How we got here
As we saw last time, the STEM wave that started about 20 years ago had roots in the 1950’s. The Soviets’ launch of Sputnik in 1957 disintegrated a host of assumptions about the United States’ inevitable primacy in science and technology, to be fueled by a world-leading engineering education system.
Subsequent analyses of the U.S. science and technology enterprise have increasingly taken the measure of K-12 education and found it wanting. Reforms and reports have highlighted the importance of achievement in math, science, and related areas as vital to developing a dynamic, diverse workforce able to harness and extend the potential benefits of technology for individual and shared needs. Almost entirely missing from these analyses? What to do about engineering.
In the 1990’s, advances in computing power and communications technologies combined to launch a seemingly endless series of ever-improving devices and applications that reshaped our home and work lives. Besides generating breakneck economic growth and dizzyingly fast product innovation cycles, these new tools were often cool and fun, too. No longer taking just the form of moon launches, bigger airplanes, and taller buildings, innovation had shrunk technology to handheld sizes and embedded it in our hearts as an individual, affordable consumer desire.
A future like the present, though, did not seem assured. Indicators like international test scores, declining enrollments in technology-related fields of study, shrinking or flat research budgets in the public and private sectors, among others, made people worry about the future of the U.S. innovation system.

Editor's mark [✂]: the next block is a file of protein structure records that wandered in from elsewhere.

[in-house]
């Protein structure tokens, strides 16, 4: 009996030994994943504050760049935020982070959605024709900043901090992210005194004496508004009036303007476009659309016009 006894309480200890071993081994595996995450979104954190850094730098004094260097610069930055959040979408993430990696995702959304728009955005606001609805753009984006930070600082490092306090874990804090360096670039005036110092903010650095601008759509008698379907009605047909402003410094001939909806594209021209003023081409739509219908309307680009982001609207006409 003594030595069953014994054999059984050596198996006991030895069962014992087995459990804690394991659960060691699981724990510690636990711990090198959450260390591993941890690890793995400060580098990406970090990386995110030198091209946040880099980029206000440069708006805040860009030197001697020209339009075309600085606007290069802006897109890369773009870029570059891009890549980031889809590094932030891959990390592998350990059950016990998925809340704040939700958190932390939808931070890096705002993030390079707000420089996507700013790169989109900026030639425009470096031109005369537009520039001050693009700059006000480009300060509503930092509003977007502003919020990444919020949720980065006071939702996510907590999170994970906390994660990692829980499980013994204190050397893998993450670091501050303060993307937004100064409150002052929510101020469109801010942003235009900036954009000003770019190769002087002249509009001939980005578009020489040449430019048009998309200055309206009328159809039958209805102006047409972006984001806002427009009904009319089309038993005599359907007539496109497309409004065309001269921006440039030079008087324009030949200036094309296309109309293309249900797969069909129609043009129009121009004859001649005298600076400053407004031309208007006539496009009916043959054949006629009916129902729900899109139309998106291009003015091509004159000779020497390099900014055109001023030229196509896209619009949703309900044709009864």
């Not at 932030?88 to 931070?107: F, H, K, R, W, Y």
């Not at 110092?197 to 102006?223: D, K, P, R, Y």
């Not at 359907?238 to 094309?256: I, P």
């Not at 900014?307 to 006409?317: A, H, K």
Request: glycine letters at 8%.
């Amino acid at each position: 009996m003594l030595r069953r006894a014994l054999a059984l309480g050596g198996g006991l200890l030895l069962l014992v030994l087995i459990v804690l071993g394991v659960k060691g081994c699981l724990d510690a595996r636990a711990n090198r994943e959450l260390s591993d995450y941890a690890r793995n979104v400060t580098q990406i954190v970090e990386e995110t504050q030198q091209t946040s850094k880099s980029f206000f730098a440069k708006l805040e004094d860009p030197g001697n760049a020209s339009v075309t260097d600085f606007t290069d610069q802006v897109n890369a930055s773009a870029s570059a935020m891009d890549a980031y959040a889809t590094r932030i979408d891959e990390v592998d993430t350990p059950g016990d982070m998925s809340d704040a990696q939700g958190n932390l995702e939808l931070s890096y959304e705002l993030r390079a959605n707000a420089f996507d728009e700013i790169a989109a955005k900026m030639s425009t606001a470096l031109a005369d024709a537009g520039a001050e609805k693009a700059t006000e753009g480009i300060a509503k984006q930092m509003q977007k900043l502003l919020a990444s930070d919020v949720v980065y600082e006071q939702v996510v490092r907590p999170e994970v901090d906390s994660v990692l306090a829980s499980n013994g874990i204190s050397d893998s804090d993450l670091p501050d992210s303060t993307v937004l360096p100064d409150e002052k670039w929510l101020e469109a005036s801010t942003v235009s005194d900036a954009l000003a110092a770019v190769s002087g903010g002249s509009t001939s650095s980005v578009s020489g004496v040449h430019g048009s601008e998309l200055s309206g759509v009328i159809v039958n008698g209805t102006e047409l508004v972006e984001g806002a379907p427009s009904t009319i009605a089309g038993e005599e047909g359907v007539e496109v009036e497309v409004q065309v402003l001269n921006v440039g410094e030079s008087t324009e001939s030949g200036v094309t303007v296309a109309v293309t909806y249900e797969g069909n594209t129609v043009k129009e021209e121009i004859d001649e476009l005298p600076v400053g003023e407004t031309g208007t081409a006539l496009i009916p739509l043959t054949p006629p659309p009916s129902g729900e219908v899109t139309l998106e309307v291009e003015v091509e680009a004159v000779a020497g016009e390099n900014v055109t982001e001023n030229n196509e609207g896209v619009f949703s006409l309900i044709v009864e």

“STEM” takes root
In response, policy-makers and advocates in education, collaborating with leaders from industry, government, and non-profits, mobilized around efforts to raise the visibility and volume of resources going to K-12 math and science education. A key point in this effort came in the early 2000’s. Amid all the discussions about innovation and education, the National Science Foundation gathered the relevant areas of K-12 learning under the rubric of “STEM,” encompassing science, technology, engineering, and mathematics. Now people had a name for the areas of education under scrutiny and, more importantly, an opportunity for funding to support research and program development in this newly named area.
Early days favor established fields
With new funding available and a distinct concept put forth, educators and researchers quickly set to work building out and testing ideas for what might constitute effective STEM education.
Already established fields like science and math, with long histories and large cohorts of teachers in K-12 education, found the new STEM environment hospitable to efforts in improving the climate for teaching and learning in their areas.
The more-recently-established field of technology education found traction in leveraging a set of learning standards put forth in 2000 by the (then-called) International Technology Education Association to advance understanding and programs in technological literacy and education.
Potential remains tantalizing and unrealized
How all these fields might fit together, though, into the cross-disciplinary, inquiry-based approach to education favored by STEM visionaries remained less clear. And engineering languished, with almost no profile in K-12 education; curriculum materials were lacking, learning standards did not exist, and teachers did not receive training or even exposure to engineering in their pre-professional or in-service training. Stiff challenges lay in figuring out both how to integrate engineering into the K-12 education environment as well as who might carry out the actual work involved.
Design thinking gives engineering a foothold
A conceptual framework for engineering in K-12 education arrived with the 2010 release of Next Generation Science Standards, or NGSS. Incorporating the work of STEM-interested stakeholders from far and wide, NGSS infused K-12 science learning standards with the idea of engineering design.
Conceived of as a process or method for learning, the NGSS approach makes engineering design a vehicle for integrating technical areas of science content with more general cognitive skills like analysis, communication, and collaboration to devise solutions to design challenges.